Accent Fallacy

When the meaning of a word, sentence, or entire idea is interpreted differently by changing where the accent falls.

accentus, emphasis fallacy, fallacy of accent, fallacy of prosody, misleading accent
Accident Fallacy

When an attempt is made to apply a general rule to all situations when clearly there are exceptions to the rule. Simplistic rules or laws rarely take into consideration legitimate exceptions, and to ignore these exceptions is to bypass reason to preserve the illusion of a perfect law. People like simplicity and would often rather keep simplicity at the cost of rationality.

a dicto simpliciter ad dictum secundum quid, destroying the exception, dicto secundum quid ad dictum simpliciter, dicto simpliciter, converse accident, reverse accident, fallacy of the general rule, sweeping generalization
Ad Fidentia

Attacking the person’s self-confidence in place of the argument or the evidence.

argumentum ad fidentia, against self-confidence
Ad Hoc Rescue

Very often we desperately want to be right and hold on to certain beliefs, despite any evidence presented to the contrary. As a result, we begin to make up excuses as to why our belief could still be true, and is still true, despite the fact that we have no real evidence for what we are making up.

making stuff up, MSU fallacy
Ad Hominem (Abusive)

Attacking the person making the argument, rather than the argument itself, when the attack on the person is completely irrelevant to the argument the person is making.

argumentum ad hominem, personal abuse, personal attacks, abusive fallacy, appeal to the person, damning the source, name calling, refutation by caricature, against the person, against the man
Ad Hominem (Circumstantial)

Suggesting that the person who is making the argument is biased or predisposed to take a particular stance, and therefore, the argument is necessarily invalid.

argumentum ad hominem, appeal to motive, appeal to personal interest, argument from motives, conflict of interest, faulty motives, naïve cynicism, questioning motives, vested interest
Ad Hominem (Guilt by Association)

When the source is viewed negatively because of its association with another person or group who is already viewed negatively.

argumentum ad hominem, association fallacy, bad company fallacy, company that you keep fallacy, they’re not like us fallacy, transfer fallacy
Ad Hominem (Tu quoque)

Claiming the argument is flawed by pointing out that the one making the argument is not acting consistently with the claims of the argument.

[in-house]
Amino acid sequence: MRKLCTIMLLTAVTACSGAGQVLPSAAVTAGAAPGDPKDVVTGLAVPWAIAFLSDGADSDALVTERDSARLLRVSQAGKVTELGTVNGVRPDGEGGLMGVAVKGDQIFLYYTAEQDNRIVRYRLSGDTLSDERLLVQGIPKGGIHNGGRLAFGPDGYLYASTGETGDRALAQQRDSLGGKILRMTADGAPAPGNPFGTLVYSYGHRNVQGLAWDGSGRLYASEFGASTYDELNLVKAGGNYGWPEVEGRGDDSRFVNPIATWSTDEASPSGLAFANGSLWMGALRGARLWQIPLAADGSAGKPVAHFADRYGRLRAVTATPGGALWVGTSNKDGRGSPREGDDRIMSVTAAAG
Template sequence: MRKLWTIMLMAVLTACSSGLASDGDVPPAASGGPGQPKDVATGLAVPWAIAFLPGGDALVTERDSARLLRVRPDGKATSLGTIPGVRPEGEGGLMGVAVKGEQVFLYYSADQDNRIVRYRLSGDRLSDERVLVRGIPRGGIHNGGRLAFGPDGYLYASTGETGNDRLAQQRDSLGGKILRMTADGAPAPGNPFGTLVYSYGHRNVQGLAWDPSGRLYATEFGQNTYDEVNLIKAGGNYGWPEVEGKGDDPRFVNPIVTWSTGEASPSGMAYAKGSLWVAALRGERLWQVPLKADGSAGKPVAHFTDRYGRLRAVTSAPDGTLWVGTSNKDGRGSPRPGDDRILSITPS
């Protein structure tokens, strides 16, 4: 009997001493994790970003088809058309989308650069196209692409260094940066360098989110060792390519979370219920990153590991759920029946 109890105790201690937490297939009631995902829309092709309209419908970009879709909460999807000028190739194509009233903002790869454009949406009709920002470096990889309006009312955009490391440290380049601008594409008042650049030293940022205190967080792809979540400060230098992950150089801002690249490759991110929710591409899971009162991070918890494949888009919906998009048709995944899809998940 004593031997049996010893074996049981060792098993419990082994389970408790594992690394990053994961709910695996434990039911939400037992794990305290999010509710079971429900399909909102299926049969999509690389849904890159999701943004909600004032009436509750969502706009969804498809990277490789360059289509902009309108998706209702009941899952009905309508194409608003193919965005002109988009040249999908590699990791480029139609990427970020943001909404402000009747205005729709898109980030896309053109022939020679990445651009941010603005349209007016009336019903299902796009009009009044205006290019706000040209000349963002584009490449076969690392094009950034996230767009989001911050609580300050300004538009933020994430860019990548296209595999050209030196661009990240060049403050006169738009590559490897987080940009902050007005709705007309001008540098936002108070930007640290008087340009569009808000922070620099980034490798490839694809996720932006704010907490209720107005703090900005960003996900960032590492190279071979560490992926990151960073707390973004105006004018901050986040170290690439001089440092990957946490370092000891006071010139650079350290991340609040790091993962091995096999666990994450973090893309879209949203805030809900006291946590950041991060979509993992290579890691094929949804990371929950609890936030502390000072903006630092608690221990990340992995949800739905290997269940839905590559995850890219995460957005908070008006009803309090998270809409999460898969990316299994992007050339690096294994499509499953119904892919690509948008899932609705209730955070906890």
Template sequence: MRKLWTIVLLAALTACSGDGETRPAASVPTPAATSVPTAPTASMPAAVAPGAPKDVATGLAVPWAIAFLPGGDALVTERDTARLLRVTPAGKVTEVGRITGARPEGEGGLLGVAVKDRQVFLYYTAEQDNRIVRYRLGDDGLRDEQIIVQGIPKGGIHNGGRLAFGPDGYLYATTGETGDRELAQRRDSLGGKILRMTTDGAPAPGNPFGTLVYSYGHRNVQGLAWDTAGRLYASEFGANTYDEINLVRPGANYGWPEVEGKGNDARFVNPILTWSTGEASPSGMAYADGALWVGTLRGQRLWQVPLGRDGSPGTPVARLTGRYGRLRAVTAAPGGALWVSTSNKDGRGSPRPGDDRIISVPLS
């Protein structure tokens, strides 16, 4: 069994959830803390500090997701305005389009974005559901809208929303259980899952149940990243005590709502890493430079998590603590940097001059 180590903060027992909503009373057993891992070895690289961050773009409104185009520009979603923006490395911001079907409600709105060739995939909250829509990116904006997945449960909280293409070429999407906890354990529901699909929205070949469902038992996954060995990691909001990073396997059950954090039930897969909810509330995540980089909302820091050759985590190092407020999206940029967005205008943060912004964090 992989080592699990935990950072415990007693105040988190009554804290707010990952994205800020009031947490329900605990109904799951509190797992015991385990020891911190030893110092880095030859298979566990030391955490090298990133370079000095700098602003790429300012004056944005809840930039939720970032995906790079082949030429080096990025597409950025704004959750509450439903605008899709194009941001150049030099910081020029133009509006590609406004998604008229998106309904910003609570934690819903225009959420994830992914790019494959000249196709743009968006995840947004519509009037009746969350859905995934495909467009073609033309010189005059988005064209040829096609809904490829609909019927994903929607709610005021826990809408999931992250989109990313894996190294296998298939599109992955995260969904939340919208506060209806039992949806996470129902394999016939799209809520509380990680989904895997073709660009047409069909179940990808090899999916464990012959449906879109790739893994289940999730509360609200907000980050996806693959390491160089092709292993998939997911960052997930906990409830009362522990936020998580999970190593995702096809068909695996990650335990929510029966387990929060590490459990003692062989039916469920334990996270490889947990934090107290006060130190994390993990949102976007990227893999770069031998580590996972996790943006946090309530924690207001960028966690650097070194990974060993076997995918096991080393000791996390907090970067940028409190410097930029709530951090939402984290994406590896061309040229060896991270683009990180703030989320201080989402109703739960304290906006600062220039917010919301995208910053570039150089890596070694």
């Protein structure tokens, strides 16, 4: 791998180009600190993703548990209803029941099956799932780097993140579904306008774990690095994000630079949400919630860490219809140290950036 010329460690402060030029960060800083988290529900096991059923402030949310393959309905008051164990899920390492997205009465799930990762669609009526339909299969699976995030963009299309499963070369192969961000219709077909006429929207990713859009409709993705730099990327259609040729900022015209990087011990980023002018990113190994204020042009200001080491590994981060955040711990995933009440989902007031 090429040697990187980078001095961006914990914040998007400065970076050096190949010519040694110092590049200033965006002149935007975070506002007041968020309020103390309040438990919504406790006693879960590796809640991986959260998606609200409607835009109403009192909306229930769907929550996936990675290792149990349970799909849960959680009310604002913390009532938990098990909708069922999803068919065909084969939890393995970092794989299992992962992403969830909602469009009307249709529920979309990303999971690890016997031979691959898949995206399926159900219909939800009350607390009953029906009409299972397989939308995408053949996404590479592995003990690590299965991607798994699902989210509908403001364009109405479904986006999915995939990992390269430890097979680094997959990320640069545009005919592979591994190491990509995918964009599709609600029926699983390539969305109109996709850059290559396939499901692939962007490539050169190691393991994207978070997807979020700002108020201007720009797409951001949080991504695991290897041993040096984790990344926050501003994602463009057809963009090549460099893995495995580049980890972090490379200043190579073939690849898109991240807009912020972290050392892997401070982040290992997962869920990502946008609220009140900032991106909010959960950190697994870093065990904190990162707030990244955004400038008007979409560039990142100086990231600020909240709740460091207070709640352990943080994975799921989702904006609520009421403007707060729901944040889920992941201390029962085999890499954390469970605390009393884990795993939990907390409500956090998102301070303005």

argumentum ad hominem tu quoque,  appeal to hypocrisy, you too fallacy, hypocrisy, personal inconsistency
Affirmative Conclusion from a Negative Premise

The conclusion of a standard form categorical syllogism is affirmative, but at least one of the premises is negative. Any valid forms of categorical syllogisms that assert a negative premise must have a negative conclusion.

illicit negative, drawing a negative conclusion from affirmative premises, fallacy of negative premises
Affirming a Disjunct

Making the false assumption that when presented with an either/or possibility, that if one of the options is true that the other one must be false. This is when the “or” is not specifically defined as being exclusive.

the fallacy of the alternative disjunct, false exclusionary disjunct, affirming one disjunct, the fallacy of the alternative syllogism, asserting an alternative, improper disjunctive syllogism, fallacy of the disjunctive syllogism

Master the "Rules of Reason" for Making and Evaluating Claims

Claims are constantly being made, many of which are confusing, ambiguous, too general to be of value, exaggerated, unfalsifiable, and suggest a dichotomy when no such dichotomy exists. Good critical thinking requires a thorough understanding of the claim before attempting to determine its veracity. Good communication requires the ability to make clear, precise, explicit claims, or “strong” claims. The rules of reason in this book provide the framework for obtaining this understanding and ability.

This book / online course is about the the eleven rules of reason for making and evaluating claims. Each covered in detail in the book

Take the Online Course